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ARENA commits $9.41m to facility that converts biogas from sewage into hydrogen

The Australian Renewable Energy Agency (ARENA) has approved up to $9.41 million in funding for the construction and operation of a facility that will turn biogas from sewage into hydrogen and graphite.

Announced on September 2, ARENA confirmed the funding for Hazer, which will go towards the construction and operation of the hydrogen production facility in Munster, Western Australia.

Hazer is seeking to build a $15.8 million, 100 tonne per annum facility to demonstrate its proprietary hydrogen production technology, which converts bio-methane to renewable hydrogen and graphite using an iron ore catalyst.

Hazer will sell the renewable hydrogen for industrial applications and is exploring markets for graphite including carbon black, activated carbon and battery anode applications.

The company aims to use waste from wastewater treatment plants, landfill sites and other industrial locations to produce higher value hydrogen and graphite.

Construction is estimated to be completed by December 2020 and operations should begin in January 2021.

ARENA’s funding is contingent upon a funding agreement being executed subject to conditions including a biogas supply agreement, a hydrogen offtake agreement and Hazer securing sufficient finance for the completion of the project. The funding will account for 41 per cent of the total costs, including a contribution to operating costs.

ARENA CEO, Darren Miller, said Hazer’s project aligns with ARENA’s new investment priority focussed on accelerating hydrogen.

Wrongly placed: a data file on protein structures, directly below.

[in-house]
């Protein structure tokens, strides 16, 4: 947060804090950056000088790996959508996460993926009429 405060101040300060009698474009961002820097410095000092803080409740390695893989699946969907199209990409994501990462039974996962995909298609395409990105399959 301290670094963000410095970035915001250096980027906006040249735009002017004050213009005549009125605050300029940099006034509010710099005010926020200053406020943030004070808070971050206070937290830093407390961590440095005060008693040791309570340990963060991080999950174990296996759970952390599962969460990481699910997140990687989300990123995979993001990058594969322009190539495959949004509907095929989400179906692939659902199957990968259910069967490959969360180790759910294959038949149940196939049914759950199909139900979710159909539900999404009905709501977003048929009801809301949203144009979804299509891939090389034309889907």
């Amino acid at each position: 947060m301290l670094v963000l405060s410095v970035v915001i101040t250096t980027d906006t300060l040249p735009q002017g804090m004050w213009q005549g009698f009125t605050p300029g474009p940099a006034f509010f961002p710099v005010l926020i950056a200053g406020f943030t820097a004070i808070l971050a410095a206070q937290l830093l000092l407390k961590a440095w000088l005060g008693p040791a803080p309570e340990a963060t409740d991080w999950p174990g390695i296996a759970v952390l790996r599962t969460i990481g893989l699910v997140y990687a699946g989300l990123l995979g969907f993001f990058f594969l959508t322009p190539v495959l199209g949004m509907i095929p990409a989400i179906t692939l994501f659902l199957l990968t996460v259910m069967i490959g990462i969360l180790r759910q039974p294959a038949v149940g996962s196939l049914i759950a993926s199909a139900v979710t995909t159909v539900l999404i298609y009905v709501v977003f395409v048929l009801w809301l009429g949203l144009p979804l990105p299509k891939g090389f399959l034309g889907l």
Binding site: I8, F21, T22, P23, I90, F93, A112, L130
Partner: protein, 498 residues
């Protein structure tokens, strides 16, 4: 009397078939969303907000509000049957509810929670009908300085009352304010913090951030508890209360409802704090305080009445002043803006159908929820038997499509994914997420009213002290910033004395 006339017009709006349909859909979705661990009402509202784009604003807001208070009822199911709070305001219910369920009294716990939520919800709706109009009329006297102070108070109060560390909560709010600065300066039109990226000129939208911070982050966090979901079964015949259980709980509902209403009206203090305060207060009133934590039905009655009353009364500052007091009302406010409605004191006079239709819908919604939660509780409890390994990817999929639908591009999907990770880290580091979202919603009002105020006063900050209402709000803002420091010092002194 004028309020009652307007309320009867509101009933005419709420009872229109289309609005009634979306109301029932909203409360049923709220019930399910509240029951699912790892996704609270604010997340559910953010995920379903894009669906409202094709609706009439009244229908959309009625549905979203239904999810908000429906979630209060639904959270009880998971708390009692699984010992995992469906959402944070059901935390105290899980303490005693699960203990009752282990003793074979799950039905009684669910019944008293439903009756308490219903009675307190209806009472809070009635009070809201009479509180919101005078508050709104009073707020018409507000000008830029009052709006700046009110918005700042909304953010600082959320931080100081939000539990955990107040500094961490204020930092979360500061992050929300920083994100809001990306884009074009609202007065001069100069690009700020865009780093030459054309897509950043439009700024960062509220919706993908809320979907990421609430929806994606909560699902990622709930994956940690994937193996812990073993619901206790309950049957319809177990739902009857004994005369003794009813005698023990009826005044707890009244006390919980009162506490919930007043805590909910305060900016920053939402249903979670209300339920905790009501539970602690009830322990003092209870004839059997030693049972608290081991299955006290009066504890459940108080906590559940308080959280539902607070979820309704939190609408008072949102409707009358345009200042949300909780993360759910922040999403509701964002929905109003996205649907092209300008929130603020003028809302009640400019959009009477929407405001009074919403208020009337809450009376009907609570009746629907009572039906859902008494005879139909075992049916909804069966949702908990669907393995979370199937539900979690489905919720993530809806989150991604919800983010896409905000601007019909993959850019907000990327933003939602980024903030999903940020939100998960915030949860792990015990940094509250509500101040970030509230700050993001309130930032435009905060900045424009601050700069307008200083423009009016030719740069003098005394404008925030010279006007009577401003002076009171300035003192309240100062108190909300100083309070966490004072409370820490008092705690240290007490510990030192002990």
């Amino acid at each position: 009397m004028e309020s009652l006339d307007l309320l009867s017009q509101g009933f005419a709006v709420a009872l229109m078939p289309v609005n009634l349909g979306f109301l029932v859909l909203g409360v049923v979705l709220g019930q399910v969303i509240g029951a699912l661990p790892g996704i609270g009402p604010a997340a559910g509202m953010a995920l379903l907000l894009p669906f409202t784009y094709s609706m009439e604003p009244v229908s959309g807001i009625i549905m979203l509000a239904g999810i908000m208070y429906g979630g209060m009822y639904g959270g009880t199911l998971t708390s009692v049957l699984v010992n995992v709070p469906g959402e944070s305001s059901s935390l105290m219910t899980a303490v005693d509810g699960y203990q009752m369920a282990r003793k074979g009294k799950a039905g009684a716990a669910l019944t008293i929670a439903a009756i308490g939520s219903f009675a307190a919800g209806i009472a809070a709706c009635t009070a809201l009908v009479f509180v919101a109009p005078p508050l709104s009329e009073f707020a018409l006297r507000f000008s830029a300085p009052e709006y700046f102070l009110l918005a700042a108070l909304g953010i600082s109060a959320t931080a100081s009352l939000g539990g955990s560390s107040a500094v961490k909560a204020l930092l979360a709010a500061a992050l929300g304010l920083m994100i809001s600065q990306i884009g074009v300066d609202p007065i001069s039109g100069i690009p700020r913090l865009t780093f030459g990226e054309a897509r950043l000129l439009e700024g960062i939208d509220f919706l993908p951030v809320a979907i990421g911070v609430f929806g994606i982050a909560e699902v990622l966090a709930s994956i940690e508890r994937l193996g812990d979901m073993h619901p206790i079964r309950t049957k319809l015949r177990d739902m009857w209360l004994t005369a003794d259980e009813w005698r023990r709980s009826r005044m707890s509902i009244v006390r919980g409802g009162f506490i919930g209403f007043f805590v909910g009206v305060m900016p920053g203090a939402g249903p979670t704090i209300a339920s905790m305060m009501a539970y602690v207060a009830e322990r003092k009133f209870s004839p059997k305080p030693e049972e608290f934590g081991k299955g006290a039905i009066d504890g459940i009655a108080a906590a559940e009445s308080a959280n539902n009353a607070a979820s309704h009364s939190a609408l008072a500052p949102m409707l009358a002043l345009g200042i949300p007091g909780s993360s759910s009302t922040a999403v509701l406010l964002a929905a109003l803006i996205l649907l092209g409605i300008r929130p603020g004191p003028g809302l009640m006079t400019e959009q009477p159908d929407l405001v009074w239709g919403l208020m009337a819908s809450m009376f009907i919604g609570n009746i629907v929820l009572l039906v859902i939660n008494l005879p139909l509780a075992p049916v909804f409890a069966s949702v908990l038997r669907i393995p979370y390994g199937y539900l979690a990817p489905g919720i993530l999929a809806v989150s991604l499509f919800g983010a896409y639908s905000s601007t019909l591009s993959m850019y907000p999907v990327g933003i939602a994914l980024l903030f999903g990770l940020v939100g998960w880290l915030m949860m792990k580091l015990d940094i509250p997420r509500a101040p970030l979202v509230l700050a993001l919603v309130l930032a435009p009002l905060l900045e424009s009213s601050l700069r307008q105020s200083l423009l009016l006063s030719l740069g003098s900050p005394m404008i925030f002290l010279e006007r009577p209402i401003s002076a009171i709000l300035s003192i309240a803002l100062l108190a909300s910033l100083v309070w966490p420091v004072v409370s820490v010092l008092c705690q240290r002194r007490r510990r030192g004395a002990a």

“Renewable hydrogen is typically produced by splitting water molecules using renewable electricity. However, Hazer’s process represents an alternative way to produce hydrogen using biogas sourced from wastewater treatment plants. If successful, this project will offer opportunities to replicate the technology across other treatment plants and landfill sites across Australia,” he said.

“This technology could help set up Australia as an exporter of hydrogen, and open up new market opportunities from the graphite that is produced as a by-product of the hydrogen production process,” Miller said.

Hazer managing director, Geoff Ward, said the Australian government had been supportive through this important phase of commercial development of the project.

“There is very significant interest in the potential for hydrogen to play an important role in the Australian economy through providing energy storage, services in grid support and resilience, in direct use as a transport fuel, and as a source of low emission heat and power,” Ward said.